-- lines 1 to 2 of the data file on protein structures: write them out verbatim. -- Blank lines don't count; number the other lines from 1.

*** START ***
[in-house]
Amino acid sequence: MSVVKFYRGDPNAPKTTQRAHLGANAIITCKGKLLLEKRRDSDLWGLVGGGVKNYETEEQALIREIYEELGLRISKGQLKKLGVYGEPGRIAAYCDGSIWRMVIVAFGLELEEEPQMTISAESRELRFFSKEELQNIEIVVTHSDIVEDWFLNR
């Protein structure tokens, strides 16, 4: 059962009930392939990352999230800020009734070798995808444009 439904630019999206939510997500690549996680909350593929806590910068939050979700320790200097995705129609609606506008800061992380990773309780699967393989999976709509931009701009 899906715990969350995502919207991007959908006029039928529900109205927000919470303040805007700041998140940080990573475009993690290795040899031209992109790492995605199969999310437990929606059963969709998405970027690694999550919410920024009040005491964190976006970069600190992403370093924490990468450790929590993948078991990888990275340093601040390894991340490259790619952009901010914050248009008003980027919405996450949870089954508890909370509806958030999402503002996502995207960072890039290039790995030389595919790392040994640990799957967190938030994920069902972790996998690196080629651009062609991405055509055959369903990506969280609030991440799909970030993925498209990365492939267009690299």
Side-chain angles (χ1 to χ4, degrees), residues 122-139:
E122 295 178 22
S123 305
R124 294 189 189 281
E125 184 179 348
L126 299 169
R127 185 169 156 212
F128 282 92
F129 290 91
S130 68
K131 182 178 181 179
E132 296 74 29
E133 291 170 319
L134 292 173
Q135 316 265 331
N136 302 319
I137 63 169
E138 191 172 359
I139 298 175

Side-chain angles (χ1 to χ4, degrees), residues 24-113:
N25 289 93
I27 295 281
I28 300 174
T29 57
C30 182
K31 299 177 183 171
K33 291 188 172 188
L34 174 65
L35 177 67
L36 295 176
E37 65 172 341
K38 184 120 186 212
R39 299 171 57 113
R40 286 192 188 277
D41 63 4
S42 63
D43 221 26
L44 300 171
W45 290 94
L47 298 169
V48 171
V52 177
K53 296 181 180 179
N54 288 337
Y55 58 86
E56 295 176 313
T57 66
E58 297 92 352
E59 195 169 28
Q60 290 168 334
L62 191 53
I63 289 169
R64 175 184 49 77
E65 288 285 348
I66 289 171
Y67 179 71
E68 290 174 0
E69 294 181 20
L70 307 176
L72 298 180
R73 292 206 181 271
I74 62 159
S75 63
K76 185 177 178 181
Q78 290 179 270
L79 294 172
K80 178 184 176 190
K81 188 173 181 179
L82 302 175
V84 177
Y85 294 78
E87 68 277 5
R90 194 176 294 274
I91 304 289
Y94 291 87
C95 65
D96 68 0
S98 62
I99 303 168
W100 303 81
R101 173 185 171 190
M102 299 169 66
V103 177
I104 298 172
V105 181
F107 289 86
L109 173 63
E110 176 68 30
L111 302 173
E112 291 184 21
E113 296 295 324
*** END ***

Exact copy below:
[in-house]
Amino acid sequence: MSVVKFYRGDPNAPKTTQRAHLGANAIITCKGKLLLEKRRDSDLWGLVGGGVKNYETEEQALIREIYEELGLRISKGQLKKLGVYGEPGRIAAYCDGSIWRMVIVAFGLELEEEPQMTISAESRELRFFSKEELQNIEIVVTHSDIVEDWFLNR